I listened to Black Dog, Autechre, Plaid and many more back when I first got into electronic music and loved everything I heard from them. I set out to ask those artists if they’d like to do remixes of my music as a goal and achieved it, along with gaining perspective on how others might do things different with the same building blocks. I don’t use remixes to cash in and get a dancefloor mix ready like others do, it’s more out of respect and collaboration in a way so I’m lucky to get to work with so many of the best artists and I still react to the new pieces as any fan would.
In an interview last year you put down your absence from label release schedules because you
stopped sending stuff out and eventually decided to focus and start upping my production levels. I started researching what DJs play, what works, mastering techniques, all kinds of things and started putting them into practice.
What DJs, producers and labels are doing it for you at the moment? Any tunes we all need to hear? Any nuggets of techniques or observations from your research you’d like to share?
If you want to stand out and last, whatever music or artists are popular, don’t listen to them too much. You’ll either end up sounding the same or not as good, either way that’s hardly worth achieving. I listen to all kinds of unrelated music, bits of Marilyn Manson, Talk Talk’s Spirit of Eden then there could be some 90s Aphex in the mix. I try and find music that gives me something new to latch onto, a memorable twist in melody, a frenetic beat frenzy or breakbeat that you can’t get enough of.
Can we have an insight into your workflow process? Are you a gear head or are you working with digital software and VSTs these days? What’s your writing process like? Do you go in with a clear idea or theme or are you a jammer who composes bits as he goes?
One of my biggest inspirations was the in-episode music from the X-Files, The Twilight Zone (1960s) and then mishearing melodies coming from various places. Some tracks just flow, you get a beat down and a melody of some kind and start layering, then I hear what the track is suggesting musically, like a bit of a breakbeat and bass clash and create a mini sequence. The string pieces are always my favourite and I’m glad so many people like that part of my work, I try and take an emotional path that fits and I find they’re usually the most memorable of my tunes.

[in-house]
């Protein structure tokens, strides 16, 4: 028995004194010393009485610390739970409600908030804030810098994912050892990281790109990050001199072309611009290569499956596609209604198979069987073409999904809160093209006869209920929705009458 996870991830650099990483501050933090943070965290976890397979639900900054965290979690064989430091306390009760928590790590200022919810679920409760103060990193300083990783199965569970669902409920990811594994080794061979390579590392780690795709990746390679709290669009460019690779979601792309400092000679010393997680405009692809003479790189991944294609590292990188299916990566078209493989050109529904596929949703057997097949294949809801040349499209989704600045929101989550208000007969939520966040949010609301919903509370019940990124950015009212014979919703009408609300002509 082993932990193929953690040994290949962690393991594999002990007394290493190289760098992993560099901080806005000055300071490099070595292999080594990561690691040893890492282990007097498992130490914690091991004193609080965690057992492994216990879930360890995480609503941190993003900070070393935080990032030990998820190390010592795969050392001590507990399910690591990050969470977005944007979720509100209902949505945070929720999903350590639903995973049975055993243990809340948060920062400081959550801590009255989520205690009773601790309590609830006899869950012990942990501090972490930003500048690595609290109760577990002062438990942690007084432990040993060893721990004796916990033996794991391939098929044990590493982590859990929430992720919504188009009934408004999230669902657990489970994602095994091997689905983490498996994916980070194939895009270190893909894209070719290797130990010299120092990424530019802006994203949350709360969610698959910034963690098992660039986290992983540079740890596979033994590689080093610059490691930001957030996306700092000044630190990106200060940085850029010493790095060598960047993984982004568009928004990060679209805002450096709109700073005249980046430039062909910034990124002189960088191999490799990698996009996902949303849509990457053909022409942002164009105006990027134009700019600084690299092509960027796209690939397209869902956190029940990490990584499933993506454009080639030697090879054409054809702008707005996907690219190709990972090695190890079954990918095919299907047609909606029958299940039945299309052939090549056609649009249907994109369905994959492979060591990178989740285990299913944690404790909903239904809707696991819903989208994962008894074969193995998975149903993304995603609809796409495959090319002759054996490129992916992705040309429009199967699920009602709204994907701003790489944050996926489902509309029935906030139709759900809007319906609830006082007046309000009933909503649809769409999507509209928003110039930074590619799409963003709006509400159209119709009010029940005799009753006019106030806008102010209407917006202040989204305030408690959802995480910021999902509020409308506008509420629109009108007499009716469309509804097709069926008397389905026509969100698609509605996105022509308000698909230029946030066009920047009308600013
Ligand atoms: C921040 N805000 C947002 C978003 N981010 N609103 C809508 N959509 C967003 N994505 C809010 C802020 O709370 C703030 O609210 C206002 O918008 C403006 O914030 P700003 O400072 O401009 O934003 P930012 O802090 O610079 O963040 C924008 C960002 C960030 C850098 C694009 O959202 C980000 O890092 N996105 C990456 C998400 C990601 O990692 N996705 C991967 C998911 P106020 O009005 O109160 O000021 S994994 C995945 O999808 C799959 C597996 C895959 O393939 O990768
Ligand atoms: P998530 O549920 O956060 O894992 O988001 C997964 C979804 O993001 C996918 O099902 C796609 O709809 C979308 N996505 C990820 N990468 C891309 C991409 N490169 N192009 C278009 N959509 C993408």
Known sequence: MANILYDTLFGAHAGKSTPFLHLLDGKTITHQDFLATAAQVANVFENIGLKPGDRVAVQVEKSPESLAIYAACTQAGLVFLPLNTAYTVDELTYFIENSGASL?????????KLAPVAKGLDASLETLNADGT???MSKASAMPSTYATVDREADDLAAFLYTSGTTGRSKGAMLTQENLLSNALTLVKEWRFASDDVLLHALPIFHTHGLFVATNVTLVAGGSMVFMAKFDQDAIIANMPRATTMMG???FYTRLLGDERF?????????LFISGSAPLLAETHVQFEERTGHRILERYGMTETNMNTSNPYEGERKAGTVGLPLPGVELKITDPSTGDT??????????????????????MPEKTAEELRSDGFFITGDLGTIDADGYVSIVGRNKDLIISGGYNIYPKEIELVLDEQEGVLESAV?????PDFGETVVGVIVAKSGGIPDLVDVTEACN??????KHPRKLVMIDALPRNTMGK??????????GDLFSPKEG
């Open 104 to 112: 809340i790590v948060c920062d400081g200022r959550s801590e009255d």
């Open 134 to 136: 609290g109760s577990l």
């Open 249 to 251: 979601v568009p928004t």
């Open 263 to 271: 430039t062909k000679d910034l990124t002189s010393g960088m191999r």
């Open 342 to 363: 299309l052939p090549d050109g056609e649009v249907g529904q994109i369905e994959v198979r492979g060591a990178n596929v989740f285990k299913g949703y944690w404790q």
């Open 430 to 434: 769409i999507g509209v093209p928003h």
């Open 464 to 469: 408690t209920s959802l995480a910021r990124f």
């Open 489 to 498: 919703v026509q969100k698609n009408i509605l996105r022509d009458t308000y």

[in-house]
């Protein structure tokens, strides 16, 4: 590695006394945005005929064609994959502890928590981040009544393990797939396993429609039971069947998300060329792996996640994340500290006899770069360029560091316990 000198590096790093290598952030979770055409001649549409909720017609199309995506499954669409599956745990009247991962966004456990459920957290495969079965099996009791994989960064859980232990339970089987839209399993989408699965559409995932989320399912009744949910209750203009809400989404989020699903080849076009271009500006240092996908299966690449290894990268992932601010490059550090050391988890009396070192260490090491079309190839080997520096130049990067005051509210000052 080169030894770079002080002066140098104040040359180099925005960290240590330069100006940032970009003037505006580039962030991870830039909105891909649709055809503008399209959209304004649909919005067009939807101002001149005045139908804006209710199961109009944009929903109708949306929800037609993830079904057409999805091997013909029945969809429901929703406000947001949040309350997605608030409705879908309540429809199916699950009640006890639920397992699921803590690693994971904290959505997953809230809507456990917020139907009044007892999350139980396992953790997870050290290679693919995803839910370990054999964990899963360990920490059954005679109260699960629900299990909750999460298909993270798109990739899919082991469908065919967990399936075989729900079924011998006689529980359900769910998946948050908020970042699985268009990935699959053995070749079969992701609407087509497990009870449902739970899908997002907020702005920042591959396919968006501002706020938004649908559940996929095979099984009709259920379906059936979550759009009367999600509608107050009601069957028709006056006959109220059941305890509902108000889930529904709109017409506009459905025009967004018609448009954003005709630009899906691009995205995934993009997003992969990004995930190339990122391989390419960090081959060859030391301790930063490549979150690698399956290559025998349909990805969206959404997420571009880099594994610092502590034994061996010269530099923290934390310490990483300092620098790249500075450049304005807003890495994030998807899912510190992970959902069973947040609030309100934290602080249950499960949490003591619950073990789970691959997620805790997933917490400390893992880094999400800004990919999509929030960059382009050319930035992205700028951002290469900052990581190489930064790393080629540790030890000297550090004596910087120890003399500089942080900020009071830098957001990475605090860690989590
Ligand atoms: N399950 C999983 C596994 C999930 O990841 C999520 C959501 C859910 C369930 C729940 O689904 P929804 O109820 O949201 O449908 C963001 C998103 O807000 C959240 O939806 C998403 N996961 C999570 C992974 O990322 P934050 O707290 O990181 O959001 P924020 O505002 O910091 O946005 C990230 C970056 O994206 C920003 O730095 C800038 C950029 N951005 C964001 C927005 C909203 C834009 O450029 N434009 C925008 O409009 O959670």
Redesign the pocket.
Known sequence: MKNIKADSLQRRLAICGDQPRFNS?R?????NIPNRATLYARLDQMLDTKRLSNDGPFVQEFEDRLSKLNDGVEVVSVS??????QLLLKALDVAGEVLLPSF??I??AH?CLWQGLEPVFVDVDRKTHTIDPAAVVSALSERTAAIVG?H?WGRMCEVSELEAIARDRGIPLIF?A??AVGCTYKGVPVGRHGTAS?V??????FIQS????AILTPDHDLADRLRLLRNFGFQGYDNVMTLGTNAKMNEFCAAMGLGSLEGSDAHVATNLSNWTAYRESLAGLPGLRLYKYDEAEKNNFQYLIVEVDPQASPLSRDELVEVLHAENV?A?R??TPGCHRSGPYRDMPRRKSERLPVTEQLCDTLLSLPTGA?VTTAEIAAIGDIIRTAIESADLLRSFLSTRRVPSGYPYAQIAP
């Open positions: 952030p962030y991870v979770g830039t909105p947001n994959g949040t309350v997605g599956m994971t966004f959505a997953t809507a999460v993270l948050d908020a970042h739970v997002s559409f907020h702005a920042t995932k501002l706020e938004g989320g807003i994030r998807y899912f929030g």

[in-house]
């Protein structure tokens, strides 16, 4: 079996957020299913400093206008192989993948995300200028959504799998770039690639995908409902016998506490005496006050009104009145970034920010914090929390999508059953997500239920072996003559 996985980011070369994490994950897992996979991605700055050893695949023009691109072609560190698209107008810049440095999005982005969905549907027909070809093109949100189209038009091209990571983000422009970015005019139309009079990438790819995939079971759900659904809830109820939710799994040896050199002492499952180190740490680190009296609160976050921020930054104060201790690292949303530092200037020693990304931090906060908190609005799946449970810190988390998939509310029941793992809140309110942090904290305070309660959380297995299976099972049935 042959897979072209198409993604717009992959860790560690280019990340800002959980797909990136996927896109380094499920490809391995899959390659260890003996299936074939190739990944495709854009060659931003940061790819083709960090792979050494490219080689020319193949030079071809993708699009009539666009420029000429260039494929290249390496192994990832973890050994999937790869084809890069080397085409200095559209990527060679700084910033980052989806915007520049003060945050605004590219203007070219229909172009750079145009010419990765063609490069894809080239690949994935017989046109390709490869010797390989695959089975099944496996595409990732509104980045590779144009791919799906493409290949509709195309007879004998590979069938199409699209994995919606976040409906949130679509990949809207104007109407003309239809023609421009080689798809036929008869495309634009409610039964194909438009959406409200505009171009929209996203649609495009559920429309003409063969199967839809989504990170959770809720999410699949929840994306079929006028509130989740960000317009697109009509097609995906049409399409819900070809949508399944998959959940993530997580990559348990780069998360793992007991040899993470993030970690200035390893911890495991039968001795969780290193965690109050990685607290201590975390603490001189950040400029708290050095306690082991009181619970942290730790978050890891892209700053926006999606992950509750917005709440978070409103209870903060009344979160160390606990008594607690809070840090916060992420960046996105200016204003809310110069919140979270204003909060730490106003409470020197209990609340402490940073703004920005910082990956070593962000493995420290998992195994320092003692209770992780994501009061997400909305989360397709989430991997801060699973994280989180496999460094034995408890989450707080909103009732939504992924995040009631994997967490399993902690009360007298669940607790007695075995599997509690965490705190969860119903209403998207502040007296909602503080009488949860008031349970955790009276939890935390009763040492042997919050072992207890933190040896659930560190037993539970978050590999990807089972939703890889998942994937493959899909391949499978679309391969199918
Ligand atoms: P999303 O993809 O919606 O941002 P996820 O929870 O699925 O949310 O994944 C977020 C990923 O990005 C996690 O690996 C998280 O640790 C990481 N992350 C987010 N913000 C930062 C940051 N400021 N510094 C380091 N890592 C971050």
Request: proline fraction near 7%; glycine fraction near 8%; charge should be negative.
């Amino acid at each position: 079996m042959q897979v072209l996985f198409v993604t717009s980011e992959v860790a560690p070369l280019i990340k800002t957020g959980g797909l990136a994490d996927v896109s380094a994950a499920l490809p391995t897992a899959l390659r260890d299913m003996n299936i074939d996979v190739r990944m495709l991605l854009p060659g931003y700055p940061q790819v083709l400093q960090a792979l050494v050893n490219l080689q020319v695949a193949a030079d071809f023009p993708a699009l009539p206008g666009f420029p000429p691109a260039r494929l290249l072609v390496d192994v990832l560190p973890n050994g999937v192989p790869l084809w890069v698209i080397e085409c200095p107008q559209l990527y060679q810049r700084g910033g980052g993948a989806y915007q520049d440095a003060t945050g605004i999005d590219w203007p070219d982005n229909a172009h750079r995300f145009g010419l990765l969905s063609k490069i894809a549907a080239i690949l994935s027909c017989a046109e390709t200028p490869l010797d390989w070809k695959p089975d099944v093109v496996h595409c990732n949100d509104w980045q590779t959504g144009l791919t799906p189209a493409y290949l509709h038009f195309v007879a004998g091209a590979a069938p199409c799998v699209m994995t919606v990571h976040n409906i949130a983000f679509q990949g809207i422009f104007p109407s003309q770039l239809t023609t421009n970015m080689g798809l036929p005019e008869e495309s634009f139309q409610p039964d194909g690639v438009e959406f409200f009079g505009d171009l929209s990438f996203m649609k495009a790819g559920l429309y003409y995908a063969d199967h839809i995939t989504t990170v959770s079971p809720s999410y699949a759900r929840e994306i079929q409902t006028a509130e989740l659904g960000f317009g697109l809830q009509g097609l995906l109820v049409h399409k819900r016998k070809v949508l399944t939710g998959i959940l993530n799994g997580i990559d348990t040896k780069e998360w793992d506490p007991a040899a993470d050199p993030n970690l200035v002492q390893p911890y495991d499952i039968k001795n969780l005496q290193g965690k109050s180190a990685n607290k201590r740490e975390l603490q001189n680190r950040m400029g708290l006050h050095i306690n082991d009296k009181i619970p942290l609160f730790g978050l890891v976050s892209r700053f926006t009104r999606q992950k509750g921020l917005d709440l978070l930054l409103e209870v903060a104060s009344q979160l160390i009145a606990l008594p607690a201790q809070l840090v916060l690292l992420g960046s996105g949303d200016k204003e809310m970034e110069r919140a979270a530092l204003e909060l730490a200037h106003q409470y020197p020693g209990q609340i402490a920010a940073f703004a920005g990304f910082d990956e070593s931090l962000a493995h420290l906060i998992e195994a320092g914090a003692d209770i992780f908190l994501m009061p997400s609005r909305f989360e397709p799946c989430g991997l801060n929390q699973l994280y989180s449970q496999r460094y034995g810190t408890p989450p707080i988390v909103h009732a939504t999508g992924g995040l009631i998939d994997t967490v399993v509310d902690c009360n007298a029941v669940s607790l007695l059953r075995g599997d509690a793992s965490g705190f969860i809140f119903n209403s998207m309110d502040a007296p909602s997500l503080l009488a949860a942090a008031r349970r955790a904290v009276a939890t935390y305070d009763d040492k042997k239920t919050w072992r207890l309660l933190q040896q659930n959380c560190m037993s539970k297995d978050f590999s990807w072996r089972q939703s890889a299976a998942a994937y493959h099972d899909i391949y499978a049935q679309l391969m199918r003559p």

I have a small collection of digital and analog synths but I rarely use them in the classic midi way, I prefer to start recording audio and just start playing notes and beats and resample later. I create weird sample packs out of glitches and all kinds of bits and sometimes they turn into a track or elements in one. 707 was created from two separate sessions jamming with an SK-5 where I did the chords live and was just jamming with my modded 707. 99% of the time it’s straight up sequencing from the ground up using a mix of samples and vsts.
Your top three films we should all watch and why?
John Carpenter’s The Thing and The Fog both are great movies and I loved the atmospheric droning synth work. The Mist is also one I’ve watched a good bit, I love horror movies and although there’s loads of obscure and clever movies to pick, I’ll pick these 3.
Ah. A fellow Carpenter fan. His remake of The Thing is a thing of beauty, everything about that film is spot on.
Are we likely to hear any more of your punishing techno under the Puresthatred alias you used on Mantrap Recordings back in 2009?
I did a track called Mutant Disco which was a free download and went on a cover CD of an iPod user type magazine, back when I was getting ready to relaunch things. I took down the link ages ago… there were a good few puresthatred tracks ready that may eventually come out as current techno trends are following similar lines to things I was working on back then.
Anodyne kindly allowed us to ‘re-release’ Mutant Disco, which we offer here as a free download.
I have an urge to tear it up under a different name, there’s only so far you can push your style under one name. What if Jeff Mills decided to do a Country and Western record….maybe he did under an alias 8)
Haha. Maybe he already did yea. What a thought… you know, on a good day he could pull it off.
Thank you Colin for taking the time out for our chat.
Both the 4 Empires EP on 12″ vinyl and the digitally releases Empire Remixes Part 2 EP are available now on Combat Recordings and from most decent music shops.